The Big C
Well, this sucks. Yet, it could be so much worse! I’ve been diagnosed with what appears to be early stage stomach cancer. It sounds awful, I know, but it doesn’t feel that awful on this end.
The immediate big freak-out when a doctor suggests you have the Big C is primal: Oh jeez, how much time? So getting a pretty substantial hint that what I have is actually curable is just fine, thank you very much. I’ll get through surgery, maybe a little chemo, have a real crappy 6 to 8 weeks and then get on with it.
That’s the plan anyway, though no one ever knows what unintended crap lies out there. For example, my very excellent doctor suggests there is a possibility that treatment for a cancer I beat 14 years ago, may be the culprit today. I got a lot of radiation for a bout with testicular cancer back in 1999. The tiny little, 2cm tumor currently residing in my tummy may be the price paid for a cure nearly two decades ago.
But fight, I must! I really do love life a lot.
Unlike Japan, by the way, stomach cancer sufferers in the United States don’t get diagnosed until its too late most of the time. In Japan, stomach cancer is more prevalent so they screen the general population and nip the cancers in the bud as soon as the first signs show up. Some Japanese surgeons are so talented, experienced and meticulous that they can narrow in on and remove specific numbers of tiny, individual lymph nodes without damaging surrounding areas. They are the rock stars of the kind of gastric surgery I’m facing here.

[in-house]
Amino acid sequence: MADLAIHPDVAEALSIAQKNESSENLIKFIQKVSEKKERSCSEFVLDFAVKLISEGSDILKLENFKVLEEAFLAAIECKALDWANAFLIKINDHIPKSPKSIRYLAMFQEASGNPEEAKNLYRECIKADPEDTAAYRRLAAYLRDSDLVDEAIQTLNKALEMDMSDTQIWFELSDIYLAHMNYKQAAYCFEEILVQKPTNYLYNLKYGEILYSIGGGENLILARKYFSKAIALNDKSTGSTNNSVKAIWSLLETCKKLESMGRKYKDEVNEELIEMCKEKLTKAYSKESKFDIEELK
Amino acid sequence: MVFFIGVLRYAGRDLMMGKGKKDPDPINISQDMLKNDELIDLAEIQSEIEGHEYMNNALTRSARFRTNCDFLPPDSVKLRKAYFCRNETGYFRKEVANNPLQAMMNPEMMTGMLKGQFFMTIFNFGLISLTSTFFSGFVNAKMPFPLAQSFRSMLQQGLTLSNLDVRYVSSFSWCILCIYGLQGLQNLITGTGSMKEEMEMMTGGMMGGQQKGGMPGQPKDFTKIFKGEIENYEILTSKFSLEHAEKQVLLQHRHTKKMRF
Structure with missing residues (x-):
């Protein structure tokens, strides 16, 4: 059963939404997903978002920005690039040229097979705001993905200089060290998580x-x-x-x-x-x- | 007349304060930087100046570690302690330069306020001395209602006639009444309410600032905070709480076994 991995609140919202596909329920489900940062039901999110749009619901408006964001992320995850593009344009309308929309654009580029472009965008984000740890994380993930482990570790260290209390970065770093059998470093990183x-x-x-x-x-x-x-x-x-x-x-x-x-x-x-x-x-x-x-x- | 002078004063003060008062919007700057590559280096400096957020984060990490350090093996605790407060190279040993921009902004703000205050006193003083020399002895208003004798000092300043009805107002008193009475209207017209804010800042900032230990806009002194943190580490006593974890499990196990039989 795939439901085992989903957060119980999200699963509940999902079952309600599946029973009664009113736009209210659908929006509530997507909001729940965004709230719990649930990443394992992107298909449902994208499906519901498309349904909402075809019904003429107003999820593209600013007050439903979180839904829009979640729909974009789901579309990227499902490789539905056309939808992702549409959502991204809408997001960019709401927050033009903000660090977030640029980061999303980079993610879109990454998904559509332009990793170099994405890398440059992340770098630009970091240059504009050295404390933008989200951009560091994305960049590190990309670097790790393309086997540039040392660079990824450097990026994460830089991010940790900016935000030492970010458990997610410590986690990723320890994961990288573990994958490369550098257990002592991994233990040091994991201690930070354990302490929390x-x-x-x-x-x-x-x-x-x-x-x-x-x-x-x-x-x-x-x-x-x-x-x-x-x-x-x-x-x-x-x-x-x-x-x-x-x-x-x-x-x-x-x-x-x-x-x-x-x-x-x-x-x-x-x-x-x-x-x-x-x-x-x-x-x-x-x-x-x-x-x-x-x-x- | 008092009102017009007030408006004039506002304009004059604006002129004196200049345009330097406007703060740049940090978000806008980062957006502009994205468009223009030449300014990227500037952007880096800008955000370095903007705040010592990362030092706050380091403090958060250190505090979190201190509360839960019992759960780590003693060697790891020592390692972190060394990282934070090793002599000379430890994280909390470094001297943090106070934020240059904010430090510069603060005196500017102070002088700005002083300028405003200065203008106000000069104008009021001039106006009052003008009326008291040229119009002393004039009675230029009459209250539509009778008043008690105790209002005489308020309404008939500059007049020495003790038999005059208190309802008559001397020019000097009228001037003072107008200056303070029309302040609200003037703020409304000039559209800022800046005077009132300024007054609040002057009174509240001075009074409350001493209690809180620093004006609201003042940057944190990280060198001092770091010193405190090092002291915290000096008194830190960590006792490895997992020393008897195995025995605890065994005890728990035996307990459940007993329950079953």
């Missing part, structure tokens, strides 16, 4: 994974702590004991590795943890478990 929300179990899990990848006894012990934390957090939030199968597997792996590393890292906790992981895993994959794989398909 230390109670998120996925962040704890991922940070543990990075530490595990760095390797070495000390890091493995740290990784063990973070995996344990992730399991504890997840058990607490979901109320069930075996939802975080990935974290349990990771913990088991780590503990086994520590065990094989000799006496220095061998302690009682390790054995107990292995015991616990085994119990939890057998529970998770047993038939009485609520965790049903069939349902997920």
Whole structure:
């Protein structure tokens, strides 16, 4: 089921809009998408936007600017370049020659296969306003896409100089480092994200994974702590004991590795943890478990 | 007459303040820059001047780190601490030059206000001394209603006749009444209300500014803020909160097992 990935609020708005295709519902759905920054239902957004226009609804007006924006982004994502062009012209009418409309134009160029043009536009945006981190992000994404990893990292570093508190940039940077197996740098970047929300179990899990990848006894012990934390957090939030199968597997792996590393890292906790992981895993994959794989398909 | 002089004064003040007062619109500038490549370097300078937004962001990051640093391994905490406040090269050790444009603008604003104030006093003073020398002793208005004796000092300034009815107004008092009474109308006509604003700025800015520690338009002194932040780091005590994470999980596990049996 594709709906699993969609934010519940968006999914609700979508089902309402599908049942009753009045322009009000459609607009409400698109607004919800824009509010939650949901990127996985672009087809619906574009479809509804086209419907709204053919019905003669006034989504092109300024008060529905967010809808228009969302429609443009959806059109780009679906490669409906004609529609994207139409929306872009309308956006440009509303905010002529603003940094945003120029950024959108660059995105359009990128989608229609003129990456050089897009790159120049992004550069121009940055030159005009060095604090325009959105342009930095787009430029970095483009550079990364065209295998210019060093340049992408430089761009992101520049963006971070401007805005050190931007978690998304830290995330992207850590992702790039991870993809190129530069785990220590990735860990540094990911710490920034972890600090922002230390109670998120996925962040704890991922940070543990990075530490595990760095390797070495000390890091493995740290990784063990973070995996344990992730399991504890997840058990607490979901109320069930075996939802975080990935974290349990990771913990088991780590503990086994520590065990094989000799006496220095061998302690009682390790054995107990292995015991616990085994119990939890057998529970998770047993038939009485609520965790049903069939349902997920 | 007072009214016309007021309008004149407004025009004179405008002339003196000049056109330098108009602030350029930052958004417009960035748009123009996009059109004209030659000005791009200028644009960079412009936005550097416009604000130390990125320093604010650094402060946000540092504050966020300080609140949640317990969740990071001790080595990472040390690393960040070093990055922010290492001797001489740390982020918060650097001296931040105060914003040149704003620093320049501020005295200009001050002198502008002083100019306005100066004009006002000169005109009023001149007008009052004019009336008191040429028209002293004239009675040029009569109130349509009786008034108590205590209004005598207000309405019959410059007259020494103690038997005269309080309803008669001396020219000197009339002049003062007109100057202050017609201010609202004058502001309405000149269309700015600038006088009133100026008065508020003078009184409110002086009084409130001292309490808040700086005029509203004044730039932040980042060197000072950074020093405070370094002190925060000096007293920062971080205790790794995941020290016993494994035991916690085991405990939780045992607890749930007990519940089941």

Fortunately and ironically, I had an operation just last Fall for a perforated ulcer that introduced me to the wonderful world of intubation, liquid diets (terrific for weight loss) and Dilaudid (best pain killer ever). When they did an endoscopy to check things out a few months later, they found that little 2cm bump. Just like the Japanese would do in a regular screening.
So if we’re keeping score here, I get radiation treatment for a cancer I beat 14 years ago and it turns out to have potentially given me a cancer that was found last week because I was lucky enough to have developed an ulcer that nearly killed me last year. I knew God had a sense of humor- but that’s kind of dark even by Tim Burton standards.
Anyway, the only thing keeping me from taking a trip to Tokyo is Georgetown University’s Vince Lombardi Cancer Center and Dr. Thomas Butler, my kind, funny, smart, wise physician with the Virginia Cancer Specialists group. I trust these guys to fix me up in a way that preserves both my dignity and my health. They’re smart and they get it.
Let’s do this.